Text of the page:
French Wine: A History

by Rod Phillips, author of French Wine: A History

I’ve been a big fan of French wine since I was a teenager in New Zealand in the 1960s and started collecting wines. My prizes were two bottles of 1953 Château La Tour-Carnet, a fairly prestigious producer. When I bought them in 1966, each bottle cost about the price of a hamburger because, as the retailer said, “they’re old.” Over the years, I’ve drunk wines from scores of countries and hundreds of regions, but French wine still fascinates me. I’ve often said that if I were stranded on a desert island and could have wine from only one country, it would be France.

So writing a history of French wine was even more pleasurable than writing my other books. I was able to immerse myself in 2,500 years of French wine and understand how it got to where it is now. Sure, it faces competition from wines from all over the world, and not many people outside France still think that if a wine is French, it must be good. Even so, no country’s grape harvests get as much media attention as France’s, each vintage in Bordeaux and Burgundy is examined as if it’s an oracle, and French wine regions are still the benchmarks for grape varieties and wine styles. If you’ve talked to winemakers, you’ll know how often they brag that their pinot noir or chardonnay is made in “a Burgundian style.”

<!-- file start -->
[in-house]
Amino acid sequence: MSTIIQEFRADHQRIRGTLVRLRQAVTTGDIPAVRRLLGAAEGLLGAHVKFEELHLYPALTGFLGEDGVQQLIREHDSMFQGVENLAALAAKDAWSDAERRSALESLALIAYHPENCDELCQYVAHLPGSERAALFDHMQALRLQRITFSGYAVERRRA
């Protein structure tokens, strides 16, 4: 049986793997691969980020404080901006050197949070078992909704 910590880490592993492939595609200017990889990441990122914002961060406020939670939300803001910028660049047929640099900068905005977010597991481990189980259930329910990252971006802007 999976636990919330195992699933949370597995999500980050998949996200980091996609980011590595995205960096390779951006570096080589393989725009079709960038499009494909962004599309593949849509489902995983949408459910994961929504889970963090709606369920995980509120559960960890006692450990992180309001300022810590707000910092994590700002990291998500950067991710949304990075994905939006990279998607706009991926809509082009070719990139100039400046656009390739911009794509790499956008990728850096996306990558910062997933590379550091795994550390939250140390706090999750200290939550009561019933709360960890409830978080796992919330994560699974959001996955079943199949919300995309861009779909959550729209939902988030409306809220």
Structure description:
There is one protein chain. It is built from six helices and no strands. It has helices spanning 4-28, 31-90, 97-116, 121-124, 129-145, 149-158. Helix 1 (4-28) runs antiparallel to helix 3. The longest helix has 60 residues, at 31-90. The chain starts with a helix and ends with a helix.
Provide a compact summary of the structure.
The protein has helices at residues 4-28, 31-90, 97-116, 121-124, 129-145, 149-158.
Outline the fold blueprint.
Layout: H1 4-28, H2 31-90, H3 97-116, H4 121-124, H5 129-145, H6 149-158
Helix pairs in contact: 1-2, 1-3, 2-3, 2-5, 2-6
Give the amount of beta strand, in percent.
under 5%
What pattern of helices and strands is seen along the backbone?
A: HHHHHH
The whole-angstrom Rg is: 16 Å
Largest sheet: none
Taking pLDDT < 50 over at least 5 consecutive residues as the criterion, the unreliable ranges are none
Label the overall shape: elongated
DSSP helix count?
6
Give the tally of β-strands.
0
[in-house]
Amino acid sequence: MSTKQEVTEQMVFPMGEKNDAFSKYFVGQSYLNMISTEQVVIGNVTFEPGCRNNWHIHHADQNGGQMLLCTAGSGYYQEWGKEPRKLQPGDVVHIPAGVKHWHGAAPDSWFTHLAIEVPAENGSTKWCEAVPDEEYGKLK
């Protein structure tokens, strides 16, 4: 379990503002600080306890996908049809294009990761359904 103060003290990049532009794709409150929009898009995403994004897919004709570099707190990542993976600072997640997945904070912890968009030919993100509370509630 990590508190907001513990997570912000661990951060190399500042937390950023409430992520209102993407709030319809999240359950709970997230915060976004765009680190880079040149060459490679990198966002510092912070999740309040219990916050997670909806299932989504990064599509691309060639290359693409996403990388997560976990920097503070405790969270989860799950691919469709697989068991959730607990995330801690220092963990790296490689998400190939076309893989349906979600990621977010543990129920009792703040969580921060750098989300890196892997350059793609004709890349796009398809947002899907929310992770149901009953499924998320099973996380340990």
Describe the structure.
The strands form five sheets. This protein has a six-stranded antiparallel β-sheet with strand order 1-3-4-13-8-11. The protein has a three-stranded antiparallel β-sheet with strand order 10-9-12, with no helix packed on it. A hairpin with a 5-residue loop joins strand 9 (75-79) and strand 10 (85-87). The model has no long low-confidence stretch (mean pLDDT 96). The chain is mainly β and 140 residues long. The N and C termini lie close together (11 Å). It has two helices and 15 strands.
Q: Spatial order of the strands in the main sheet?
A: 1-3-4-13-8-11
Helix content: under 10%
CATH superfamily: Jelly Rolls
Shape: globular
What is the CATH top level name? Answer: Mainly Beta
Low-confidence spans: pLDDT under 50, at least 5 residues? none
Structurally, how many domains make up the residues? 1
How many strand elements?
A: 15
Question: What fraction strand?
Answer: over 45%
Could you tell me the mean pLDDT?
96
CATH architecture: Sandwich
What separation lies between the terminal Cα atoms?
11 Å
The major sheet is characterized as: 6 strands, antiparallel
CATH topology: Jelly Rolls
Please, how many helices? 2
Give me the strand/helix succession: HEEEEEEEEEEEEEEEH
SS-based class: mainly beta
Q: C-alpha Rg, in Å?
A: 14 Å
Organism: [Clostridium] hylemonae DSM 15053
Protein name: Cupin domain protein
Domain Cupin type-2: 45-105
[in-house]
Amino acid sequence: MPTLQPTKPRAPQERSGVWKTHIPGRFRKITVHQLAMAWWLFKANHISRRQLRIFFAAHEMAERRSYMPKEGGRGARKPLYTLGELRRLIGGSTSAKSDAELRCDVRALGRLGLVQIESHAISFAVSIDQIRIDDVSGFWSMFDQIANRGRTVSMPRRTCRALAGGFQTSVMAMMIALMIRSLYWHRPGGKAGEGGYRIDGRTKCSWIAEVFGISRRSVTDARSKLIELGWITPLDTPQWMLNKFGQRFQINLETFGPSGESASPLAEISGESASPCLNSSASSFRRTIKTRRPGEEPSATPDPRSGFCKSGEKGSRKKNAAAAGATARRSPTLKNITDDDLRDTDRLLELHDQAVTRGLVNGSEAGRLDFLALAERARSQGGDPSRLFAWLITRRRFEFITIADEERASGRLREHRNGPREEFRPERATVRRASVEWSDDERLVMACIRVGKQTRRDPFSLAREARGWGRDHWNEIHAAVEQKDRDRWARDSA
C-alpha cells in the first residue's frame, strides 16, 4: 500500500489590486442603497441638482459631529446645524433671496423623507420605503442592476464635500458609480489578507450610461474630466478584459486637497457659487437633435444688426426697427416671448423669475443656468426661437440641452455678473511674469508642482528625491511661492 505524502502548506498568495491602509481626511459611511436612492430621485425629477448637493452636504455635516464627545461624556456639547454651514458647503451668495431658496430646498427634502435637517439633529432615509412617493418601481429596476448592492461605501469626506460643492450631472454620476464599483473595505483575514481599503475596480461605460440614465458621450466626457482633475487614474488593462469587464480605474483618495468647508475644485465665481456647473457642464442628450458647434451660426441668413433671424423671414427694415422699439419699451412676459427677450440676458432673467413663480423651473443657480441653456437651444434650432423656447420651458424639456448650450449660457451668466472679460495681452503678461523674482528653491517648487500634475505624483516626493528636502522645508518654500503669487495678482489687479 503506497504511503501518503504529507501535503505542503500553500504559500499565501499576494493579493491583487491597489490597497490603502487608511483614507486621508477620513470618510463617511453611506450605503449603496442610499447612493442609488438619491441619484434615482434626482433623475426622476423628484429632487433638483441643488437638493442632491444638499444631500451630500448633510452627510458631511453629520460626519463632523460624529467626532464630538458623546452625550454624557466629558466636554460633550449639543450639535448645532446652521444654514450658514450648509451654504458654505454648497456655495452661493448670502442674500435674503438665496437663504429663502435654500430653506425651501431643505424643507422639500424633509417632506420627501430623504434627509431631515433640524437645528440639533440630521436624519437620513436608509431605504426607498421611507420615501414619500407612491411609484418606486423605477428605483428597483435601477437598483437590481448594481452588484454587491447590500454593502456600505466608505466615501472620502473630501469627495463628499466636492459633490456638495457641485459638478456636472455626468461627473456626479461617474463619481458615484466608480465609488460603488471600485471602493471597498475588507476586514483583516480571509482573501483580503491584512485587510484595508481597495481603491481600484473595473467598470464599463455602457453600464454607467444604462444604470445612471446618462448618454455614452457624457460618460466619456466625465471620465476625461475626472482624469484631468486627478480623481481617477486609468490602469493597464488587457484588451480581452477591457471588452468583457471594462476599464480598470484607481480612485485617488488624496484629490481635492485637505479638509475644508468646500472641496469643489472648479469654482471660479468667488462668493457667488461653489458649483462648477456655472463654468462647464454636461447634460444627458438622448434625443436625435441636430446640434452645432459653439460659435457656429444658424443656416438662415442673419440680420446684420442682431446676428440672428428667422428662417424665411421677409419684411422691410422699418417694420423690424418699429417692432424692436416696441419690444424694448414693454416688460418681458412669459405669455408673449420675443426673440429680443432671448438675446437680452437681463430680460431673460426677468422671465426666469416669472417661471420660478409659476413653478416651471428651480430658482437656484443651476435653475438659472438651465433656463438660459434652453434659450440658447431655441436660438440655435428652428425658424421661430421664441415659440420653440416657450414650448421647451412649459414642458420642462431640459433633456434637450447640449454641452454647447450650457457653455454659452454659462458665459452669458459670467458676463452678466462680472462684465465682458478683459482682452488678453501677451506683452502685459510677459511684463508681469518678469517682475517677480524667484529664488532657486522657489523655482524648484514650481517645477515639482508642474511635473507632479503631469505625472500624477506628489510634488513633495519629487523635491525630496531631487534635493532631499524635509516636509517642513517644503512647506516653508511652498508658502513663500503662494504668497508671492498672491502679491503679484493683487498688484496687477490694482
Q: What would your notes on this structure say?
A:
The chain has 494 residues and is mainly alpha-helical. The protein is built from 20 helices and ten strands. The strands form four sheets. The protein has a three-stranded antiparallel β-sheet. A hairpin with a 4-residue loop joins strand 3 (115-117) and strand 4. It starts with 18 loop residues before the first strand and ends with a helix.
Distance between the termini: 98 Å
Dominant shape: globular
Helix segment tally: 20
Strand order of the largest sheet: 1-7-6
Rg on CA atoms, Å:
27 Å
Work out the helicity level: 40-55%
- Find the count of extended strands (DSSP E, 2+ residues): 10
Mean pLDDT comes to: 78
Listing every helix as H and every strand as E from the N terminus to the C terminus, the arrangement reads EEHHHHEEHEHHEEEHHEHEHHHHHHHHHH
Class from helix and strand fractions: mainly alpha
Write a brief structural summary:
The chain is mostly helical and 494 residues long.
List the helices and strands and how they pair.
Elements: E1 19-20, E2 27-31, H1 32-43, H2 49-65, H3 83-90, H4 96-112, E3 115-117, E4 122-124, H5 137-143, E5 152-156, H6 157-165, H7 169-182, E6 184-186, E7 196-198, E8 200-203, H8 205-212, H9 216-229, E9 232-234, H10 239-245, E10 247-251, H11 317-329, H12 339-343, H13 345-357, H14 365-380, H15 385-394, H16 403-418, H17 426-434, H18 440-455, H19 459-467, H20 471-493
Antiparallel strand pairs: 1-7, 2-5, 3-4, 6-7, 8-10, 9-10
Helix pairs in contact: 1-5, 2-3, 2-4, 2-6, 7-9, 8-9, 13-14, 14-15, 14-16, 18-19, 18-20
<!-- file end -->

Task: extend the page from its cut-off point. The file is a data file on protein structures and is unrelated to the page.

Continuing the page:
French wine didn’t achieve its global status easily, and the history of French wine is a story of challenges met and disasters survived. Just take the period 1860-1950, when many New World wine industries (think of California, Chile, and Australia) were building up steam. Nearly all of France’s vineyards were wiped out by phylloxera (a North American aphid) between 1865 and 1885) and had to be replanted. In the meantime there was widespread wine fraud, as wines were made with raisins, adulterated with additives, or blended with wines from other countries – practises that undermined the reputation of French wine. That crisis was followed by a period of overproduction and falling prices; Prohibition in the U.S. and events elsewhere that almost destroyed French wine exports; the Great Depression and a wine glut; and finally World War II, with wine requisitioned by Germany and the collaborationist Vichy government hostile to drinking.

The French dusted themselves off after eight decades of these crises, and rebuilt the wine industry and the “French wine” brand.

It’s a history that starts with the territory that became France inhabited by beer-drinking Celts (a habit they were cured of by wine-bearing Greeks and Romans) and ends with wine being one of the commodities most closely identified with France. It’s a complicated and messy story, punctuated by wars, revolutions, political battles, vine diseases, and attempts to control drinking, but at its base it’s an almost heroic tale of the victory of the vine.


ROD1 copyRod Phillips teaches history at Carleton University in Ottawa and is the author of a number of books on European social history and the history of wine and alcohol, including Alcohol: A History and A Short History of Wine.